by Jacqulyn Foster Weiss

But Mama, I’m the one
Who’s still here. Not my
Brother. “He’s gone.” You
Said that horrible night.
(Much too soon.) The
Favored one, so dear.

Sorrow stays with his
Loss and you look at me
With wonder. There’s
No answer when someone’s
Years cease at thirty. Your
Baby. Your boy. Yes. Your
Favorite child.

But Mama, I’m still here. I
made a place in my house,
My family, for you and your
Sadness. It haunted my life
And defined our days. For
Twenty years you never
Accepted his absence or
My presence. We gave
Our daughter your son’s
Name to honor his life
And perhaps, define hers.
It wasn’t nearly enough
For you.

I recognized emptiness
On your aging face that
Told me that Brother defined
Your life even in death. I could
Not compete. But Mama, I’m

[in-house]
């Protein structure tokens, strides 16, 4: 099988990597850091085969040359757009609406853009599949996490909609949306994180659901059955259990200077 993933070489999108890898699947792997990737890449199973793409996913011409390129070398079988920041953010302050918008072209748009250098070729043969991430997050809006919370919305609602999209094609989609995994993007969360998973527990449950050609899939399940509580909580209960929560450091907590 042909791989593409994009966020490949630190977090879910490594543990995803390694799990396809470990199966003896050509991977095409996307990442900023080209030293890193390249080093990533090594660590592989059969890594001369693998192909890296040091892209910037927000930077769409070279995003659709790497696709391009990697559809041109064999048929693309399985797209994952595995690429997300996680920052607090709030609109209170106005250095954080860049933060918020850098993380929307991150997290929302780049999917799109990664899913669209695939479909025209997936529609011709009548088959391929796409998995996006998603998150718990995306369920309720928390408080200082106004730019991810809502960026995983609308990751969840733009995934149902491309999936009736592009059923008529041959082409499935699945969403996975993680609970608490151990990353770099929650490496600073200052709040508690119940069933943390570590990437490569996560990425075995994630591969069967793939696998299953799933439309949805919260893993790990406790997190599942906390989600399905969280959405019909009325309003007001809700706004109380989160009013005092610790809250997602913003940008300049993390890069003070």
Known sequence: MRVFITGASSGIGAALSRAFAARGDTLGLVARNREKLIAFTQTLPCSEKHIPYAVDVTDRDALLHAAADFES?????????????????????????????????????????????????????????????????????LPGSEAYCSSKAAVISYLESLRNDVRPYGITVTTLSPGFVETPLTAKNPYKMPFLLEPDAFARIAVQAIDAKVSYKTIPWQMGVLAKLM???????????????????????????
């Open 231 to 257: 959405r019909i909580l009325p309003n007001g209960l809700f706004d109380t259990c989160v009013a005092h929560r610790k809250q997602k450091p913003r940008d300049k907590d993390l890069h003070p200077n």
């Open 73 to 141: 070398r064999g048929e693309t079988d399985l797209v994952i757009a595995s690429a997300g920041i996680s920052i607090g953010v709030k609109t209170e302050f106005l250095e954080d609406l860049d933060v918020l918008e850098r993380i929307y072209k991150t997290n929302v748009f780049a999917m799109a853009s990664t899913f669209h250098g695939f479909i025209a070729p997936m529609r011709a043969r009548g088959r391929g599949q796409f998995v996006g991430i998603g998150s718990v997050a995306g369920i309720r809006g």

The one who’s still here.

My first family is fading and we
Two remain. Can’t you love me
As you did him? Anger propels
Me and I react. Badly. I demand
To know why he occupies space
That could be / should be mine.
You can’t or won’t answer. Maybe
He took you with him when he left.

But Mama, I’m the one who’s still here.

I feel cheated by his loss
And by your inability to
See me. But Mama, I’m the
One who’s still here. And now,
You are gone, too.

We never solved the sorrow.

Are you together? Are you
Happy at last? Is he? Did it
Take a while to find each other?
I wonder. I’m the last one left.
I’ll tell the stories and treasure
The memories. Because, Mama,
I’m the one who’s still here.

Jacqulyn Foster Weiss is a seventy-five-year-old retired community college administrator, and former librarian, who lives in Palm Springs, California. An inveterate reader, she writes poems, essays and endless messages to family and friends. Growing up on a farm outside Natchez, Mississippi, she was surrounded by stories that continue to define her life. Her favorite beverage is a glass of tea with lots of ice.

Image by mbll from Pixabay.

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